Subjects and Objects, 2022 HD Video, TRT 10:06 min, Andy Bennett

Linus, from the cartoon “Peanuts,” sucks his thumb and holds his blanket against his face. The first narrator says, “No human being is free from the strain of relating outer and inner reality.

Snoopy runs from off screen and bites down onto the blanket, dragging Linus behind him. Linus holds on to the end of the blanket as Snoopy hurls him around the room until eventually, he lets go. Linus lays on the ground visibly hurt.

The social subject emerges in the ‘potential space’ between the individual and the environment. It is here, in this potential space, that the subject acquires agency.

Linus angrily takes the blanket back from Snoopy. Linus immediately begins sucking his thumb and holding his blanket against his face as Snoopy looks him up and down in a manner that communicates he is frustrated.

The struggle between our impulses and a sense of security is an eternal struggle, which is acted out in our engagements with transitional phenomena.

Linus then begins to dance with his blanket, and inexplicably the blanket becomes animated and dances along side him.

They belong to the subject’s fantasy world, while at the same time having a physical existence in the outer world of material objects.

A supercut of the interiors of hoarded houses from the A&E television show “Hoarders” plays.

The second narrator says, “The act of hoarding affirms the existence of a material agency at work. The objects just took over, got out of hand, overwhelmed me. I experience the hoard as having its own drive to persist and grow. And feel the insistent allure of objects in thrift shops and dumpsters. The items demand to be taken home with me.”

The first narrator interjects, “But how do things manage to do this?

The second narrator responds, “One way to explain the ability of paper, plastic, stone, or glass to actually overwhelm people, is in terms of the object’s comparative advantage, in relation to human flesh, when it comes to endurance, patience, waiting it out.

The first narrator interjects again, “It’s in the nature of bodies to be susceptible to infusion, invasion, collaboration, by or with other bodies.

The second narrator responds, “Any boundary of entityhood is always subject to change. Bodies are essentially inter-corporeal. I have a membrane around me. There is a membrane around all bodies, and they’re somewhat porous. This applies to my objects, as well as my body; each bares the imprints of the other. I’m acutely aware of these connections, and I have a keen sense of myself as a permeable and aggregate body, integrated into the hoard.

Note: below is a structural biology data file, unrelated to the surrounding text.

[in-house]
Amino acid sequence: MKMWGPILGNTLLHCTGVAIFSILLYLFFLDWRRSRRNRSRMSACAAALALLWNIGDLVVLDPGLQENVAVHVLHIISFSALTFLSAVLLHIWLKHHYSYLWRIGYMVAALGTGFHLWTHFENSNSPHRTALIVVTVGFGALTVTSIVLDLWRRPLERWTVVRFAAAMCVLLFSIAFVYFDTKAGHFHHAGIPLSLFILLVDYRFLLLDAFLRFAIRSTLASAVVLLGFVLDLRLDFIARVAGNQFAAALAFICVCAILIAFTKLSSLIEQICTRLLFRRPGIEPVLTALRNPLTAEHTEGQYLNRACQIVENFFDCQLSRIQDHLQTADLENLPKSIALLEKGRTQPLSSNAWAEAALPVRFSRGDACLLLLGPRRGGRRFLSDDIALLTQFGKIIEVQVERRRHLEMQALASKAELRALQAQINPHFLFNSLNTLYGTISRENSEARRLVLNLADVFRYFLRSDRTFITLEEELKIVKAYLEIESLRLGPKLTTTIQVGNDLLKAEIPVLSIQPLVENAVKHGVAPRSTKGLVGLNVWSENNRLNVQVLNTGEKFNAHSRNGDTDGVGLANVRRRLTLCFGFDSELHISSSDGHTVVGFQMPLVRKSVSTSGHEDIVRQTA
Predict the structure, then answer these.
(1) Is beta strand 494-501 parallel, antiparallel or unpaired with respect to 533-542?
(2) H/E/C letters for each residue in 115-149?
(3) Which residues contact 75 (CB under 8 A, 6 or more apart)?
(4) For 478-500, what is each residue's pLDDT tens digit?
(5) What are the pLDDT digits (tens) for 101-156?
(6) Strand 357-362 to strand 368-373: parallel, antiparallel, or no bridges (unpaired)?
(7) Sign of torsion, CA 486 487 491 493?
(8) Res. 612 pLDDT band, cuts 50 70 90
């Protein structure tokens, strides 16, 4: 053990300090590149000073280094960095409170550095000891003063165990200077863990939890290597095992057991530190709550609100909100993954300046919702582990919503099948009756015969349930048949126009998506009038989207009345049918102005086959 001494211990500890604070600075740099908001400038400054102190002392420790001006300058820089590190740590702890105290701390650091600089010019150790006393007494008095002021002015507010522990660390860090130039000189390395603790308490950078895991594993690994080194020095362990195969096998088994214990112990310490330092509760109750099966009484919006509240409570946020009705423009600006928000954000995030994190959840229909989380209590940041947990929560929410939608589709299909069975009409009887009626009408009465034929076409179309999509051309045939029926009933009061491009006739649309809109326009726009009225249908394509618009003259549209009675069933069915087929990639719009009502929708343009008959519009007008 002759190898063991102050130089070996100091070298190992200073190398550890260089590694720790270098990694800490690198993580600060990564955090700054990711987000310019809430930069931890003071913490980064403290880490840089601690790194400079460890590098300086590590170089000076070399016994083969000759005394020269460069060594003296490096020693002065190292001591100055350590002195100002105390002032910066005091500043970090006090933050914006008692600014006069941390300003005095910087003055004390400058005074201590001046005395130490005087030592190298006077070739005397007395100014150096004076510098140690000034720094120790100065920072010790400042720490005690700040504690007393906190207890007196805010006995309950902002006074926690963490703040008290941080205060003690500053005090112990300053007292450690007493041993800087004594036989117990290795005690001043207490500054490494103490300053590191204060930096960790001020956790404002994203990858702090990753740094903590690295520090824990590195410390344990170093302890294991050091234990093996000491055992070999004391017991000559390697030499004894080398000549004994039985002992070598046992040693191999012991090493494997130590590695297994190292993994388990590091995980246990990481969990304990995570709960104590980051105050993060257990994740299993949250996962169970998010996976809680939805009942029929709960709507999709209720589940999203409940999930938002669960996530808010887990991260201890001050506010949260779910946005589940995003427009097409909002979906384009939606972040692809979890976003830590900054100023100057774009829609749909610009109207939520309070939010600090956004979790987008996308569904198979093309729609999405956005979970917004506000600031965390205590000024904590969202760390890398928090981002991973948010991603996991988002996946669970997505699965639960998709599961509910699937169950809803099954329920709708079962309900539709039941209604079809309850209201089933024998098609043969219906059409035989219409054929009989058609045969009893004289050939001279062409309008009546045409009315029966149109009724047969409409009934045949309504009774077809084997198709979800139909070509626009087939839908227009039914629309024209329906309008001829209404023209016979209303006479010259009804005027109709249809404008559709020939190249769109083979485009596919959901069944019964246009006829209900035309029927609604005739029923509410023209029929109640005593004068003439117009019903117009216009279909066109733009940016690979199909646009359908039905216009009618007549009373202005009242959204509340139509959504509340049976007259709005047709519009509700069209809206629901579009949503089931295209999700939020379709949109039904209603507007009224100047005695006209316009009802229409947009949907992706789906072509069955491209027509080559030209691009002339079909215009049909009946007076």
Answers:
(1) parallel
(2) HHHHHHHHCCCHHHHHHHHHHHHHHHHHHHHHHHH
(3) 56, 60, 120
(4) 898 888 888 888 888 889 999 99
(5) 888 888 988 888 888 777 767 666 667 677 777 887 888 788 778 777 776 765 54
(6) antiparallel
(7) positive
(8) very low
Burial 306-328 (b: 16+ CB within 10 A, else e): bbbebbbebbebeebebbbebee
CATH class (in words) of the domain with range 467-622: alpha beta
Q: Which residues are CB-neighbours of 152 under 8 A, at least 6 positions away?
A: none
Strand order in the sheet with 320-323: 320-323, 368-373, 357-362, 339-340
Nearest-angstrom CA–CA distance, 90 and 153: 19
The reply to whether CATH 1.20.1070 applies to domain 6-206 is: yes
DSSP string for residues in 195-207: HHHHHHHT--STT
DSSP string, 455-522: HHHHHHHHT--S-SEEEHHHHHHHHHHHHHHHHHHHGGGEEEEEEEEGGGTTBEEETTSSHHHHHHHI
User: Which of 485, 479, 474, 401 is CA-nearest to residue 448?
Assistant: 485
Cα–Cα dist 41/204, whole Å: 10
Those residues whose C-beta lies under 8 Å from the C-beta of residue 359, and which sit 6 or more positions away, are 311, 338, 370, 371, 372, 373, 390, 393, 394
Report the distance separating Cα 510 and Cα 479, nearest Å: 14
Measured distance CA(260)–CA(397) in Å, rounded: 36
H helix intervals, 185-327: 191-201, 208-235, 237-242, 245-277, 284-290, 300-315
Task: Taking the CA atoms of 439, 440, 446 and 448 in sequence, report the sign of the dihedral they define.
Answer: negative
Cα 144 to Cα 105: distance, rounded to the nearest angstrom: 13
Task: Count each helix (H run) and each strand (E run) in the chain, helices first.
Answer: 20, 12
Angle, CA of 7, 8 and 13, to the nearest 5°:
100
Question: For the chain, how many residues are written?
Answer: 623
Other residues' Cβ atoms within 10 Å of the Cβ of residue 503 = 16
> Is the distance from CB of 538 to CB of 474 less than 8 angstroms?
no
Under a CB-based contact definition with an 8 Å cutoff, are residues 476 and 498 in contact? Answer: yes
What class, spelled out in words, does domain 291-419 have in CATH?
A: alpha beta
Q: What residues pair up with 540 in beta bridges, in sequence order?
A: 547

Tom Hanks draws a face into a bloody handprint on a Wilson volleyball.

The first narrator says, “This is the actor Tom Hanks personifying a volleyball in the movie ‘Castaway.’ Wilson the volleyball served as Hanks’ character’s only companion during the four years that he spent alone on a deserted island.

Tom Hanks takes the ball out of the cardboard packaging and sits it on a tree stump. “When the movie was released, Wilson Sporting Goods launched its own joint promotional campaign emphasizing how one of its products was co-starring with Tom Hanks. They then manufactured a volleyball with a reproduction of the bloodied handprint on the surface.

Tom Hanks appears flailing in the water, screaming, “Wilson” as the ball floats further and further away from him.

Object loss doesn’t only give rise to feelings of sadness and longing. The first reaction may be one of anger and the desire to attack the self for being responsible for the loss. Projecting onto objects helps the ego overcome anxiety. The process of splitting parts of the self and projecting them onto objects is thus of vital importance for development.

Tom Hanks grabs onto his raft before it too starts to float away from him in the water.

Affordances have been defined as potential actions that objects allow. For example: A handle affords gripping, just like a doorknob affords twisting, or a button affords pressing. Merely looking at an object primes the brain to perform the action the object affords.

The second narrator says, “I am a woman. And this is a bridge.

A woman gazes at the Golden Gate bridge.

And despite our vast differences, we are very much in love. And our love in itself is no different from any other love that exists between two beings.”

She walks on the bridge holding a piece of iron that was once apart of the bridge. Two spectators watch her as she holds the piece, and looks out at the water.